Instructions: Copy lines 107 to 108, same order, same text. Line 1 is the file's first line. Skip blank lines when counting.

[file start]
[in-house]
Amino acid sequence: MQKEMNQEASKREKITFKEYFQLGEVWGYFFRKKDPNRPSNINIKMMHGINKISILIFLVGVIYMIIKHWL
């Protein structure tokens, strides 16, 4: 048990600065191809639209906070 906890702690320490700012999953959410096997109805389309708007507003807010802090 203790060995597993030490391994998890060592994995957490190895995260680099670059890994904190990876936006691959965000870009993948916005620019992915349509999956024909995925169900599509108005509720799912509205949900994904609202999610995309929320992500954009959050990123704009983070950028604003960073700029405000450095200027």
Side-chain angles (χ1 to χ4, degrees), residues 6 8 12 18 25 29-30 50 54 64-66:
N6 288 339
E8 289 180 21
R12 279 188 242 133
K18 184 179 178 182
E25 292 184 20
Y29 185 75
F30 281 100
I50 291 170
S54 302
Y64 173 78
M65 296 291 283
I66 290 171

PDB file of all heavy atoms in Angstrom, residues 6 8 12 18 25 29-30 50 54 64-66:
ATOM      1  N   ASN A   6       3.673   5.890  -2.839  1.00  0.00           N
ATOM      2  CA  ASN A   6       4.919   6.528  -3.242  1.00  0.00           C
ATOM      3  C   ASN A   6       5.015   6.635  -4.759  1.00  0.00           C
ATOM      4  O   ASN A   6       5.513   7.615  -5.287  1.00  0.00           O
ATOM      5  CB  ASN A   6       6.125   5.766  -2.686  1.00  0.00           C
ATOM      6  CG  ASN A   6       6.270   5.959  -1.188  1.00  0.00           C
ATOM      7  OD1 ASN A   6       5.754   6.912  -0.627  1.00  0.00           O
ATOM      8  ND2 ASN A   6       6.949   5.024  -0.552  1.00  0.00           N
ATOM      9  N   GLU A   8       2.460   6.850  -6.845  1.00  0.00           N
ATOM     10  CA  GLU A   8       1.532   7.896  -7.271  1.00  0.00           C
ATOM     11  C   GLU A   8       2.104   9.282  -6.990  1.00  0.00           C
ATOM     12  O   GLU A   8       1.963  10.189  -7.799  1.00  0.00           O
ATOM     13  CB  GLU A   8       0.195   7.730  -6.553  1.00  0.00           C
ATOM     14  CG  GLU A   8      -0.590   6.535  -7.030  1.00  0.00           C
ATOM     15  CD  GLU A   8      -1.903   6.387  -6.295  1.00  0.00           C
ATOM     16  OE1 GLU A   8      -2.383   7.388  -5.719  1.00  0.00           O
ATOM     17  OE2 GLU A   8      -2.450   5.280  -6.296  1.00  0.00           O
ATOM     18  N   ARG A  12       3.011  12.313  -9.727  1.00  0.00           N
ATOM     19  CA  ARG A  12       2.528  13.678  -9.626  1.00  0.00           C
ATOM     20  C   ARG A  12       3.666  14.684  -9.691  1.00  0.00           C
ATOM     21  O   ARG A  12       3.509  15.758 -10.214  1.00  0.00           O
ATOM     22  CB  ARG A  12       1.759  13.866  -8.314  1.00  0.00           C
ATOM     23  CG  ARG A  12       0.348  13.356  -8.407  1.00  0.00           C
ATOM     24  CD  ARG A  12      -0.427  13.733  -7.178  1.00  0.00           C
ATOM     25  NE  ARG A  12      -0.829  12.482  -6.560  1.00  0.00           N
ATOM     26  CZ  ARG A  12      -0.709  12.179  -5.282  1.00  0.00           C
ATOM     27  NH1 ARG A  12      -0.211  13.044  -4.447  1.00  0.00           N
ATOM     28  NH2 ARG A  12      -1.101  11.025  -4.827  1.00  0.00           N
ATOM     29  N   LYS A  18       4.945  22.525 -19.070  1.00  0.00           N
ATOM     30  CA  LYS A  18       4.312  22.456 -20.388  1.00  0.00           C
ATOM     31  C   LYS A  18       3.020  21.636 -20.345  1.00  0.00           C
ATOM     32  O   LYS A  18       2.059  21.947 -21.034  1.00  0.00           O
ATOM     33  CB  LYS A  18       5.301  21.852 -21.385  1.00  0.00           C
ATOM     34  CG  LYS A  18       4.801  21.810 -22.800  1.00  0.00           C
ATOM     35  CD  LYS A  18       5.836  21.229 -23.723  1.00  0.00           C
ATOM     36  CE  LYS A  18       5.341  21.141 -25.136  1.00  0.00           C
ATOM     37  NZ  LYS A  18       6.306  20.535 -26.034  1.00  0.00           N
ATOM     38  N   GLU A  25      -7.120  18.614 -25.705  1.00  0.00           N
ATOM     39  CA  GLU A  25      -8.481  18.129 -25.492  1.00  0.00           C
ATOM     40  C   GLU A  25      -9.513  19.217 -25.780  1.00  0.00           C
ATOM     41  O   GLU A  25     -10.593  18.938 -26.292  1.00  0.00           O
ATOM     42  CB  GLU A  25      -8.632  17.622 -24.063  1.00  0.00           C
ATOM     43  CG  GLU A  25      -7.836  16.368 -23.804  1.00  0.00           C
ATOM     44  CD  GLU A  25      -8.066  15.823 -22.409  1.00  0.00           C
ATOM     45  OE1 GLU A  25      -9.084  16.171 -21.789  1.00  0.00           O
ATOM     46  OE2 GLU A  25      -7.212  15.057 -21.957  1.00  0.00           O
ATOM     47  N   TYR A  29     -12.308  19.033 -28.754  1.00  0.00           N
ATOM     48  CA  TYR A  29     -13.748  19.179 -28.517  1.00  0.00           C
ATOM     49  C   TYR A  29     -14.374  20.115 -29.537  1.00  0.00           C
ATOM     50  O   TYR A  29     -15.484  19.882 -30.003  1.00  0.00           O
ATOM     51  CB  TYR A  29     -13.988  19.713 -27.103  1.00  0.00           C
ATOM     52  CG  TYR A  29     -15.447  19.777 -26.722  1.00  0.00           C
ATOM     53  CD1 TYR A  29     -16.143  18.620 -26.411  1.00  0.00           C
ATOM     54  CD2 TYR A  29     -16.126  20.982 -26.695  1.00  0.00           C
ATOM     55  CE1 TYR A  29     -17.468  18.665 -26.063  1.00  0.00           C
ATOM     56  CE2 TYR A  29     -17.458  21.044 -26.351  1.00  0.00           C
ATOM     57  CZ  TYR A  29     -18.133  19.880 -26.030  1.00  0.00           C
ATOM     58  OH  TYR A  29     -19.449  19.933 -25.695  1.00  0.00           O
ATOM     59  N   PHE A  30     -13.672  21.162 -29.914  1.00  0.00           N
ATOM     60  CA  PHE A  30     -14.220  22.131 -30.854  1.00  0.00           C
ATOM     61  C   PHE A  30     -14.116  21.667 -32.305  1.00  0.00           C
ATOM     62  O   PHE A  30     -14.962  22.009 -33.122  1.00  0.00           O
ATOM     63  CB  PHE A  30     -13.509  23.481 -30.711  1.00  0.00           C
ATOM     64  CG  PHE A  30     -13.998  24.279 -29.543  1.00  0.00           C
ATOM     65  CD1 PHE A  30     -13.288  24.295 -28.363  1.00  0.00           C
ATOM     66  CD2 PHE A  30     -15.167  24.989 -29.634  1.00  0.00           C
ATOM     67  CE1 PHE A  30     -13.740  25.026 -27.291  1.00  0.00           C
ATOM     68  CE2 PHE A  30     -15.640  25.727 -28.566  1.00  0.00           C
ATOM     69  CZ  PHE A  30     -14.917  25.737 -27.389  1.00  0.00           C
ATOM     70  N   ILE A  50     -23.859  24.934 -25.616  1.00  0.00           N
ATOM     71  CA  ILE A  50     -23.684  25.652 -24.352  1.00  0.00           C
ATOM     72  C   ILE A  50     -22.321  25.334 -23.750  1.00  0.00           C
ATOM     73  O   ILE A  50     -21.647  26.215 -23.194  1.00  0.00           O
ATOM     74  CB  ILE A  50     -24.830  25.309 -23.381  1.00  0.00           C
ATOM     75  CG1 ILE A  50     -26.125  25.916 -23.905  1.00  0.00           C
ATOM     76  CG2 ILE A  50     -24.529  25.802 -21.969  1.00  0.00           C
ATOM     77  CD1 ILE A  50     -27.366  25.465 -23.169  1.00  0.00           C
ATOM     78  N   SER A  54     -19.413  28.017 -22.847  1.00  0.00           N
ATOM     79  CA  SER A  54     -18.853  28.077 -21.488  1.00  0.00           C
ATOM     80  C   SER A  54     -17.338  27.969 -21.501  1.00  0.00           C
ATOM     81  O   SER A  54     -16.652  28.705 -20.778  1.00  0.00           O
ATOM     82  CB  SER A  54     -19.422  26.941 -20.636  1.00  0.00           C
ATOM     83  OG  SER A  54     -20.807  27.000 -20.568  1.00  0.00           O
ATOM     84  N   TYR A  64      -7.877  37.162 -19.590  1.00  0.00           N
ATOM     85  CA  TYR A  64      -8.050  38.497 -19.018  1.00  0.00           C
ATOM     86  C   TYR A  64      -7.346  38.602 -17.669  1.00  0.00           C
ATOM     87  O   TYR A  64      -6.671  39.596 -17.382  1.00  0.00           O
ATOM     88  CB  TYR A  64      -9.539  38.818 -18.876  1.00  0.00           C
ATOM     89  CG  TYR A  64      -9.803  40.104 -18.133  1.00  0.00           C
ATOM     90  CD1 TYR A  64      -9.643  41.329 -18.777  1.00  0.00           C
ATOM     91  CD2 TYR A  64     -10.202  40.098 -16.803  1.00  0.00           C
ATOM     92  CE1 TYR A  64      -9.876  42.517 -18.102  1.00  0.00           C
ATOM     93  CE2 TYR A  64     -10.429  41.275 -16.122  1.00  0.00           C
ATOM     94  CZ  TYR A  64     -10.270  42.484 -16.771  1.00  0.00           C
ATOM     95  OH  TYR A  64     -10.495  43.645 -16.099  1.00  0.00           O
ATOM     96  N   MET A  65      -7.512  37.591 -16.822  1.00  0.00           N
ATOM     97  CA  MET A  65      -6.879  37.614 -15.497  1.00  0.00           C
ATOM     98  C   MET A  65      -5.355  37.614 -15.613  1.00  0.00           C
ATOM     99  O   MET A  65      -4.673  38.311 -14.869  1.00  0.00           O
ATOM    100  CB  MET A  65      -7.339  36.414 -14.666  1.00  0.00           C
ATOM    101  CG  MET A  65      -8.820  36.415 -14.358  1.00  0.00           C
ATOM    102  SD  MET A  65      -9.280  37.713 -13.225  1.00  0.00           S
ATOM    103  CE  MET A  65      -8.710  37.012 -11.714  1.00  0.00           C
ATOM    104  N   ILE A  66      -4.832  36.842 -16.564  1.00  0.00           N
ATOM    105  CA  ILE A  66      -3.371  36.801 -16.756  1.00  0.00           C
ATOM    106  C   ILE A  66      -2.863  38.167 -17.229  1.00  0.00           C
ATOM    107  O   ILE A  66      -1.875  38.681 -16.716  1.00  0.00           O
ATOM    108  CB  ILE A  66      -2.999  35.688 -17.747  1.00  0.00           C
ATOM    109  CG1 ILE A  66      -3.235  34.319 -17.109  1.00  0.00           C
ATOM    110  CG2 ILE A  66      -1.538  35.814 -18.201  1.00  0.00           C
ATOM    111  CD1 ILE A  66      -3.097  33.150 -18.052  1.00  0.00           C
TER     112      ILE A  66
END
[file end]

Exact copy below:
ATOM     90  CD1 TYR A  64      -9.643  41.329 -18.777  1.00  0.00           C
ATOM     91  CD2 TYR A  64     -10.202  40.098 -16.803  1.00  0.00           C